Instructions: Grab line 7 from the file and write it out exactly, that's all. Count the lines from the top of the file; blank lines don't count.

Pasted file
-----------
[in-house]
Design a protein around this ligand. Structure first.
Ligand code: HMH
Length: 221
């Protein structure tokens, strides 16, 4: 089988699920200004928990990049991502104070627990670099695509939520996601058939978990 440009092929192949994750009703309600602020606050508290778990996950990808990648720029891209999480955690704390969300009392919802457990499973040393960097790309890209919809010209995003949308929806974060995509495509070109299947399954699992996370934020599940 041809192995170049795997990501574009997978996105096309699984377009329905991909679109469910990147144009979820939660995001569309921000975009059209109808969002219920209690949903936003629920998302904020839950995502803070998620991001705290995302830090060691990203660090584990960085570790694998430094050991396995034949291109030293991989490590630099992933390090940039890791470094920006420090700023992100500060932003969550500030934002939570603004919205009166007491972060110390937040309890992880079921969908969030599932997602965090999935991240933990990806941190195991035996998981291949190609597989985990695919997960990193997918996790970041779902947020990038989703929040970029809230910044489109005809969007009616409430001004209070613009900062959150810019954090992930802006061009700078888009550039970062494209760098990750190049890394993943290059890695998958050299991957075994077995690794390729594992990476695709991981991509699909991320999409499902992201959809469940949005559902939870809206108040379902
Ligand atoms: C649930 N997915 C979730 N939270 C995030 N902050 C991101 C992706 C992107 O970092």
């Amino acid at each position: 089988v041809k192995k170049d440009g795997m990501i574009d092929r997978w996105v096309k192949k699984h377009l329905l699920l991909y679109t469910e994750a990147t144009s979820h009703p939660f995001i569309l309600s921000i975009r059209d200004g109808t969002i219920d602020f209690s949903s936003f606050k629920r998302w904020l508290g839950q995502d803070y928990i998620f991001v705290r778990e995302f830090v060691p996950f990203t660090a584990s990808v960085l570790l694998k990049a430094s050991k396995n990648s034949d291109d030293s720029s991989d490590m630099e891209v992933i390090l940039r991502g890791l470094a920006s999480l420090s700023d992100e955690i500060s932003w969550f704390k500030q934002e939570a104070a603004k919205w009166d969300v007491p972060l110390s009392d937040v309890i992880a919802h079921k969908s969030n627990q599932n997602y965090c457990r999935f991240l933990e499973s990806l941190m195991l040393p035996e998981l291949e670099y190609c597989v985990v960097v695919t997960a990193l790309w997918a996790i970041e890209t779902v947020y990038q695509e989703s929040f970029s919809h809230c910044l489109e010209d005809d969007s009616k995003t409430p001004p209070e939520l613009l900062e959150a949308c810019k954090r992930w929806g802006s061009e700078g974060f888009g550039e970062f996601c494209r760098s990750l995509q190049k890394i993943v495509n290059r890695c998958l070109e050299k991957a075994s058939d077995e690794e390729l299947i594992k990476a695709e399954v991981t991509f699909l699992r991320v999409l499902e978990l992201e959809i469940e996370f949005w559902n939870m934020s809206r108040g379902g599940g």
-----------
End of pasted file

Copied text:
């Amino acid at each position: 089988v041809k192995k170049d440009g795997m990501i574009d092929r997978w996105v096309k192949k699984h377009l329905l699920l991909y679109t469910e994750a990147t144009s979820h009703p939660f995001i569309l309600s921000i975009r059209d200004g109808t969002i219920d602020f209690s949903s936003f606050k629920r998302w904020l508290g839950q995502d803070y928990i998620f991001v705290r778990e995302f830090v060691p996950f990203t660090a584990s990808v960085l570790l694998k990049a430094s050991k396995n990648s034949d291109d030293s720029s991989d490590m630099e891209v992933i390090l940039r991502g890791l470094a920006s999480l420090s700023d992100e955690i500060s932003w969550f704390k500030q934002e939570a104070a603004k919205w009166d969300v007491p972060l110390s009392d937040v309890i992880a919802h079921k969908s969030n627990q599932n997602y965090c457990r999935f991240l933990e499973s990806l941190m195991l040393p035996e998981l291949e670099y190609c597989v985990v960097v695919t997960a990193l790309w997918a996790i970041e890209t779902v947020y990038q695509e989703s929040f970029s919809h809230c910044l489109e010209d005809d969007s009616k995003t409430p001004p209070e939520l613009l900062e959150a949308c810019k954090r992930w929806g802006s061009e700078g974060f888009g550039e970062f996601c494209r760098s990750l995509q190049k890394i993943v495509n290059r890695c998958l070109e050299k991957a075994s058939d077995e690794e390729l299947i594992k990476a695709e399954v991981t991509f699909l699992r991320v999409l499902e978990l992201e959809i469940e996370f949005w559902n939870m934020s809206r108040g379902g599940g």